Fri. Jan 21st, 2022


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As the head of sustainability-oriented consulting firm BSR, Aron Cramer is one of the top advisors to large global companies looking to improve their environmental and social impacts. When we spoke this week, he had a few warning words for executives with a narrow view of what it means to be a responsible business. The conventional corporate approach to controversial political issues – to stay a mile away from it – is becoming increasingly untenable, Cramer believes.

With concerns about civil liberties and democratic integrity increasing in many parts of the world, “it will increasingly be a ‘on which side are you?’ moment, “he said.” Businesses will be expected to weigh in – and many CEOs and boards are uncomfortable doing so. “

A striking sign of the changing times came in the US last year when companies ranging from Amazon to General Motors challenged “discriminatory” voting laws proposed by Republican lawmakers in several state legislatures. Businesses should expect further pressure to intervene on such issues, Cramer said – not least from a new generation of employees who want to see their values ​​reflected in the organizations where they work.

The latest example of the trend comes from the UK, where 200 companies have condemned a parliamentary bill that would impose severe new restrictions on public protests. Keep reading for more on that – as well as on the intersection of ESG and M&A, and the environmental threats that have taken the best accounts in the World Economic Forum’s new global risk report. Simon Mundy

‘Dangerous’ UK policing bill causes business backlash

The Body Shop in Amsterdam

© Bloomberg

A recent surge in environmental and social protests in the UK has provoked a strong reaction from Boris Johnson’s government, which is trying to push through difficult new curbs and punishments around protests. The proposed new policing law unleashed resistance among fighters for civil liberties. Now many businesses are adding their voices to the chorus of disapproval.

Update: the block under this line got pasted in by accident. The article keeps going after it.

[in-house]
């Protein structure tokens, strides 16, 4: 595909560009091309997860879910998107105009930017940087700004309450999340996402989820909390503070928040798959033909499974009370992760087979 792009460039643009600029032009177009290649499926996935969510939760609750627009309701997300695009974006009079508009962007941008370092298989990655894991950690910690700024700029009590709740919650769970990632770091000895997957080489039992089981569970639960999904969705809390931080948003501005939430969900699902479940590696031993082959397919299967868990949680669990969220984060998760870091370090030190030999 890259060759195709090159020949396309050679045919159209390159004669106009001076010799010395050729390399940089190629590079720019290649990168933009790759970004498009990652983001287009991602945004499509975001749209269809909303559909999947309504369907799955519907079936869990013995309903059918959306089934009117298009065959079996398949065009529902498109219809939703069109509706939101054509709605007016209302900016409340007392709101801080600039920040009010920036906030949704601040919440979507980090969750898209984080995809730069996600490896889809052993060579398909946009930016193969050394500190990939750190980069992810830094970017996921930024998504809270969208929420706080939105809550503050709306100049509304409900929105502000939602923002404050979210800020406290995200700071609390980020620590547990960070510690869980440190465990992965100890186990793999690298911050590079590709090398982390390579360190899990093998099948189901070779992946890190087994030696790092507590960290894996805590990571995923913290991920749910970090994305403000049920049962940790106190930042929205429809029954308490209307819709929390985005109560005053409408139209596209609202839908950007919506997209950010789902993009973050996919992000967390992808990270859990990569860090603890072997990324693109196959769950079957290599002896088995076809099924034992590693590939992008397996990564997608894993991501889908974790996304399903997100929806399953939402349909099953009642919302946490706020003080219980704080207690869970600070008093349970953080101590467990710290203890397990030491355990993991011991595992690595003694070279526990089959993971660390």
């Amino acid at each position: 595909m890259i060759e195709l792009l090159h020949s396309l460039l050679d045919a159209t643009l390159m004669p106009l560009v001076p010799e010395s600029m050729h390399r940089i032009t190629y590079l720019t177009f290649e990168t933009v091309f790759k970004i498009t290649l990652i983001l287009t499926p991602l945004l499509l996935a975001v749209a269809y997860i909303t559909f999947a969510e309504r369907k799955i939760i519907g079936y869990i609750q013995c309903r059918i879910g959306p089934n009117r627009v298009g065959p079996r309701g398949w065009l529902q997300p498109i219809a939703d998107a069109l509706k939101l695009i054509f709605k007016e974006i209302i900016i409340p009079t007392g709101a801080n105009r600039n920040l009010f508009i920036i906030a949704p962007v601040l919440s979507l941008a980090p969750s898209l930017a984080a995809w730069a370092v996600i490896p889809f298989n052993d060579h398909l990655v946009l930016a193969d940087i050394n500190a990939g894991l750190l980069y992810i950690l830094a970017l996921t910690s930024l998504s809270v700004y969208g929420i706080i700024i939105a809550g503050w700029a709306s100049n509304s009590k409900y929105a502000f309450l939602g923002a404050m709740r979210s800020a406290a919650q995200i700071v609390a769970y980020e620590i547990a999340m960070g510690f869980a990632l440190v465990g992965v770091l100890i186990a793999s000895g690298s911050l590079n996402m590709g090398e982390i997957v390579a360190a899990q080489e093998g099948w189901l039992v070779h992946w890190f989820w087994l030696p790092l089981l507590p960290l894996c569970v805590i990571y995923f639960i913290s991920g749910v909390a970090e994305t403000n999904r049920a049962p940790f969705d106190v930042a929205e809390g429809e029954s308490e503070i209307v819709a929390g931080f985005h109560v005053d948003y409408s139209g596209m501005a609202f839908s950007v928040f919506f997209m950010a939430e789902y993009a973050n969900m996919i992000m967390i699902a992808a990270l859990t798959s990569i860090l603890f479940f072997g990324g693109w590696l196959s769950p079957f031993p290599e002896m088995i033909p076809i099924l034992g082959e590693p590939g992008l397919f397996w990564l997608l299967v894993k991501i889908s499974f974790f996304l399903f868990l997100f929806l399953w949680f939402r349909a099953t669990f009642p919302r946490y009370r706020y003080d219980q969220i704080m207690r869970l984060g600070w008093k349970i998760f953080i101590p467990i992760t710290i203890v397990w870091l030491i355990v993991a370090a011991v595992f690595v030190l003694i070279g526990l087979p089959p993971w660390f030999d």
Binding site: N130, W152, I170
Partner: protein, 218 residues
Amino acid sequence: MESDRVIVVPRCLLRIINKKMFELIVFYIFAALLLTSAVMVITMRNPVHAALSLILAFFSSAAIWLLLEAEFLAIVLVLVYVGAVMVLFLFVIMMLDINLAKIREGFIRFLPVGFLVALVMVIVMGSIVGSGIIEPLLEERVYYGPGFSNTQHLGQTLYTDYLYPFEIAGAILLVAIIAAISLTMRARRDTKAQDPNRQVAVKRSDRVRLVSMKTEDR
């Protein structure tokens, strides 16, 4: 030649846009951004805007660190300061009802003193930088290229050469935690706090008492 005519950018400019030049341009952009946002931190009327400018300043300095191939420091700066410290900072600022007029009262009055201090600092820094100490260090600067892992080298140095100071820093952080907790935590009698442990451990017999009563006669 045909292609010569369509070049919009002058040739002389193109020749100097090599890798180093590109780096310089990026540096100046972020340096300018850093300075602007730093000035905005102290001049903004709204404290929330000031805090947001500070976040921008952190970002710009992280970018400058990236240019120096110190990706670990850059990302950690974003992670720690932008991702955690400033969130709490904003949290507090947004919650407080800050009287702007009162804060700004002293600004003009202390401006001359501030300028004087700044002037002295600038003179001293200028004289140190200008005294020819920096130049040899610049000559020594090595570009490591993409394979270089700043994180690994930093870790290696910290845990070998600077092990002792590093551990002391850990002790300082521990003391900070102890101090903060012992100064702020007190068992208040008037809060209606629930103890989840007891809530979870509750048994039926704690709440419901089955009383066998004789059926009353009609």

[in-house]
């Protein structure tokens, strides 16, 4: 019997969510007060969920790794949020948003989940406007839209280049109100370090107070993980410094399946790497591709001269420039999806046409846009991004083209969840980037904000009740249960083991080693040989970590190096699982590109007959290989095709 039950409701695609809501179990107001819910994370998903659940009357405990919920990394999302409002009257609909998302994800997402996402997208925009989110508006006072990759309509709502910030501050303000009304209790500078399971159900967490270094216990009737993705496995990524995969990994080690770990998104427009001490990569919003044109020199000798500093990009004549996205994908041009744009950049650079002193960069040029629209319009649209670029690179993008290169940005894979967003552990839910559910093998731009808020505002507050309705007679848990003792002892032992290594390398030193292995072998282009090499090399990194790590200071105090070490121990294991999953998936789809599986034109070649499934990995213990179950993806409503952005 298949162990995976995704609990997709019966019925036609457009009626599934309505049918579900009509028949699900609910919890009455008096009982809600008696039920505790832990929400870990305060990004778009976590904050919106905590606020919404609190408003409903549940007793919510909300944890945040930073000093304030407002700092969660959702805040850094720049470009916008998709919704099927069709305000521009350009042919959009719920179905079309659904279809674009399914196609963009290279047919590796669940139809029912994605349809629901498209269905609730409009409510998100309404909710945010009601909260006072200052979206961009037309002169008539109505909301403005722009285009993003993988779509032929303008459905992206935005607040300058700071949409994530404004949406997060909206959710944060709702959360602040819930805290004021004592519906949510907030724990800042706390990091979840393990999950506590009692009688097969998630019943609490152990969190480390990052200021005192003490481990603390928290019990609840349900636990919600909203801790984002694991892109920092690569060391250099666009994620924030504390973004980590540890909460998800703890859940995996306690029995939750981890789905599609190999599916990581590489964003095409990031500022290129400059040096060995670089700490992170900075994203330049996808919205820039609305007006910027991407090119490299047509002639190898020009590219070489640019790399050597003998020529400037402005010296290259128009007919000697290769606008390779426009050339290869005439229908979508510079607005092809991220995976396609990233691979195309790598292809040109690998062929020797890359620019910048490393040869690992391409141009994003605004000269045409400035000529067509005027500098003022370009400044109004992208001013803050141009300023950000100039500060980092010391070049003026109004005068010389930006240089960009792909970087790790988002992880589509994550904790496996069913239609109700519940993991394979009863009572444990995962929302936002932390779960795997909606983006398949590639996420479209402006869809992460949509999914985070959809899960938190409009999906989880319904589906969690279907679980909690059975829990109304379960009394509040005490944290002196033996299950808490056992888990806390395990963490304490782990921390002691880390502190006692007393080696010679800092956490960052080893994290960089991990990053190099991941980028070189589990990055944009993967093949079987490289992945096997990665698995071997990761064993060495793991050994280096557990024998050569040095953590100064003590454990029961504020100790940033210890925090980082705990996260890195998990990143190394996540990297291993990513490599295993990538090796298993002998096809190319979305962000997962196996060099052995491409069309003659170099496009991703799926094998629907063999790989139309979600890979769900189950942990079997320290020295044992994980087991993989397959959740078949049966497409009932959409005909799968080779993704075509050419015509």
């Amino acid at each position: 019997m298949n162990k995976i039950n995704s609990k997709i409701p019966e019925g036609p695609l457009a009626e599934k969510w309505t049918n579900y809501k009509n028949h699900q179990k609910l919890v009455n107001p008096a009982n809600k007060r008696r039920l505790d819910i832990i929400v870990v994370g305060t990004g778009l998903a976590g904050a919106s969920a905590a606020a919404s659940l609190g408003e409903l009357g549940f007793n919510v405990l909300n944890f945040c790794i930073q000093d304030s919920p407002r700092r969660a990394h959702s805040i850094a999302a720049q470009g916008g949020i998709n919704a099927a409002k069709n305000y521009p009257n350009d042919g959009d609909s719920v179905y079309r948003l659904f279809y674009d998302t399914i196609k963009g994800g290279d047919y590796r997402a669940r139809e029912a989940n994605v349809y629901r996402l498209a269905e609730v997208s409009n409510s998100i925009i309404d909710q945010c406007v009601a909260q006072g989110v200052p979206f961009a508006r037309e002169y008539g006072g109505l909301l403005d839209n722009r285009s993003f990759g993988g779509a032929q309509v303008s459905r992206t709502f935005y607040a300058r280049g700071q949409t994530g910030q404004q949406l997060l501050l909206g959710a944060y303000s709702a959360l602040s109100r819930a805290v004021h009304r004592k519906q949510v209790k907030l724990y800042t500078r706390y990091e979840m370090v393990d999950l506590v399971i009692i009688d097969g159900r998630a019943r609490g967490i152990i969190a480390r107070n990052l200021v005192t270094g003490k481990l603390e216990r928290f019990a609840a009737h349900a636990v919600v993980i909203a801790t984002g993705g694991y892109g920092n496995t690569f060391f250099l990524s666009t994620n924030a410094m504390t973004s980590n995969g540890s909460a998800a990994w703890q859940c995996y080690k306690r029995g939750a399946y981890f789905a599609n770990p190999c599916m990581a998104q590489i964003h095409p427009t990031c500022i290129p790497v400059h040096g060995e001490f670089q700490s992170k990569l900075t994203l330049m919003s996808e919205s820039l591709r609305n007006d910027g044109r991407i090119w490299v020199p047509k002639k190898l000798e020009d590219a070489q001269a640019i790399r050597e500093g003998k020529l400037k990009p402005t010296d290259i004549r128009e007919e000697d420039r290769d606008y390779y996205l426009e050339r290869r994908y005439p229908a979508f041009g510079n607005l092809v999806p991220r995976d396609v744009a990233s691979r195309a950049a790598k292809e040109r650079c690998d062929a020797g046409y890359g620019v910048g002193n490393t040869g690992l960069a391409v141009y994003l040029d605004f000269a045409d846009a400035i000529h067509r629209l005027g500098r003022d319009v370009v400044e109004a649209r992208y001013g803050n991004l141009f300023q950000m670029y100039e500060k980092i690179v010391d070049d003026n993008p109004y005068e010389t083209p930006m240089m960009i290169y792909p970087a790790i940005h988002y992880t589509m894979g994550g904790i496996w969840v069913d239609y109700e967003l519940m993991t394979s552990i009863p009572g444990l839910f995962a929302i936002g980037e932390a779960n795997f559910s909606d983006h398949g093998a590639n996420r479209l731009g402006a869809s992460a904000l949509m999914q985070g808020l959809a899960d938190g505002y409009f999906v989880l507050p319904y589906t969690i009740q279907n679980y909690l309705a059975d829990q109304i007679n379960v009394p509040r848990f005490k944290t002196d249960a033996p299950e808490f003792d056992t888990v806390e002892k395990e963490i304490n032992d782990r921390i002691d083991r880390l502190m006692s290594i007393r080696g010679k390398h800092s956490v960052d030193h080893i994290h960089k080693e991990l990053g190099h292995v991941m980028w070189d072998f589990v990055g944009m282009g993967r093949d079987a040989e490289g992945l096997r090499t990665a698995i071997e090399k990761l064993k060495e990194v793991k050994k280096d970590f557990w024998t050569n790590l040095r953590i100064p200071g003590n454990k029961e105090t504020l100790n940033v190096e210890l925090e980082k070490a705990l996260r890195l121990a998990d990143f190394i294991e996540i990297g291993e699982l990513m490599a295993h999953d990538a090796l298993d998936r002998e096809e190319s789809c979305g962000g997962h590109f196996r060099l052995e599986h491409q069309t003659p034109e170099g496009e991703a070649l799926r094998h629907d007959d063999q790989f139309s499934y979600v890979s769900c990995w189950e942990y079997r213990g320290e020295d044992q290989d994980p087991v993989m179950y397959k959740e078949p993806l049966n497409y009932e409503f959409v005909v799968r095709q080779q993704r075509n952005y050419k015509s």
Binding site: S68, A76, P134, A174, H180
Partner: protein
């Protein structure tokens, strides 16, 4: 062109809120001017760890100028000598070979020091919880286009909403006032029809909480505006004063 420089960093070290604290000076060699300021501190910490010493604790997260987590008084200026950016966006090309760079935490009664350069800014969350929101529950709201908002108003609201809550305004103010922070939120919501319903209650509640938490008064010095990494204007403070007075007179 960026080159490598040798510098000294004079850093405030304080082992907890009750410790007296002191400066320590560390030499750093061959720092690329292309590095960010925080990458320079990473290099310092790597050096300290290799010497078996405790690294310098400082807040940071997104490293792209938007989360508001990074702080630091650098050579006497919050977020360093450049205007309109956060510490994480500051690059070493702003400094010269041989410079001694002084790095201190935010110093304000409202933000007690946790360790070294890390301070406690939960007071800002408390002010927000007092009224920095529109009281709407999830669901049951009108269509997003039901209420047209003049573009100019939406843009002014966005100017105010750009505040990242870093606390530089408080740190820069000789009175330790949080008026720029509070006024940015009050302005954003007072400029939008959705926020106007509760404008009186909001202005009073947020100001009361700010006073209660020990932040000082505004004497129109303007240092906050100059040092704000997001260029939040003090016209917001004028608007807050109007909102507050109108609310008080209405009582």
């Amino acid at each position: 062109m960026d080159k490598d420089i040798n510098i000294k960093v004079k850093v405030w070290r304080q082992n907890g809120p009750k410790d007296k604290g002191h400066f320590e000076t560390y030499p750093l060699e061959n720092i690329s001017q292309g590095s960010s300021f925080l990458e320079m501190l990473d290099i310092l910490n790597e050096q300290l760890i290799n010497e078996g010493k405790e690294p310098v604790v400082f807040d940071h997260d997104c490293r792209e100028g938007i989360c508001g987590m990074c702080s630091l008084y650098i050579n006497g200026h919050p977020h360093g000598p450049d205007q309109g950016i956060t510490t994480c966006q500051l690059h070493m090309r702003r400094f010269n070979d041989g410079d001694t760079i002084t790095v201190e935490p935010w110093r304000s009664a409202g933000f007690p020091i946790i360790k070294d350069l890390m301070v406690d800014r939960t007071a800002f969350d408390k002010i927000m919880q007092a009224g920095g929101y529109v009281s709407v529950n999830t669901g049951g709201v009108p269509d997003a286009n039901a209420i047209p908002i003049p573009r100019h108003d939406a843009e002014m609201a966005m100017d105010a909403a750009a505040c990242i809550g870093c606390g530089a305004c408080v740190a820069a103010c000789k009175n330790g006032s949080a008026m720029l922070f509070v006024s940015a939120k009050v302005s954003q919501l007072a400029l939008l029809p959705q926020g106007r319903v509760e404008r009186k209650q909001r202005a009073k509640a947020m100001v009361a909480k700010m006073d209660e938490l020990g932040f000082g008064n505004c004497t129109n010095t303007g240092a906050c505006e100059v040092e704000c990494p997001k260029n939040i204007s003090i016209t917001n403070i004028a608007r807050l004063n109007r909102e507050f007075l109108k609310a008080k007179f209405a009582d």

“This bill is dangerous. It’s authoritarian. These are draconian, ”reads a statement from Unilever subsidiary Ben & Jerry’s, the Vermont-based ice cream brand. It is one of 200 businesses that have joined a public campaign to oppose the bill, with others including clothing brand Patagonia and cosmetics company The Body Shop. The intervention raises some interesting questions about companies’ responsibility to speak out on matters of legislation and public policy, even where there is no clear direct impact on their operations.

The bill is being debated today in the House of Lords, the upper chamber of the British Parliament, before a vote on Monday. If enacted into law, protesters who have received news over the past few years – from Extinction Rebellion to Black Lives Matter to isolate Britain – will face a sharply increased risk of prosecution and jail time. To disfigure a statue – like that of the slave trader Edward Colston overthrown by anti-racism protesters in 2020 – would now carry a maximum prison sentence of 10 years. If protesters make enough noise to cause “serious disruption” to nearby organizations, they could face up to 51 weeks in prison. Other sections of the bill will “significantly expand the police’s ability to impose conditions on the right to public marches and rallies and. . . leave completely open what those conditions may be ”, so this useful analysis by the attorney-managed, nonprofit Good Law Project.

Definitions of corporate social responsibility have generally focused on how companies manage their operations, rather than how they use their voice to influence legislation. But companies that oppose the new policing bill – many of which have social and environmental responsibilities at the core of their public brands – have told me that they felt they had to take this stand to fulfill their stated mission.

“It’s about intrinsic key values ​​within our business,” Alex Beasley, head of Patagonia’s UK, told me. “It is about being consistent and living out our values. It’s not about increasing sales. ”

Yet there is a business logic to the intervention, said Chris Davis, head of sustainability at The Body Shop, a subsidiary of Brazil’s Natura. For many Body Shop employees, the company’s glorious commitment to social justice is a key reason to work there, he pointed out. Many consumers are also attracted by those credentials.

This puts people like The Body Shop and Patagonia – whose consumers are skewed towards the liberal side of the spectrum – in a different situation than large listed UK companies, none of which have publicly condemned the bill. A larger consumer-oriented business like Tesco, for example, would run the risk of alienating large numbers of conservative-minded buyers if it did. “You can understand their hesitation,” Davis said, noting that where political involvement is involved, “there is still a line that many companies will not cross”. Simon Mundy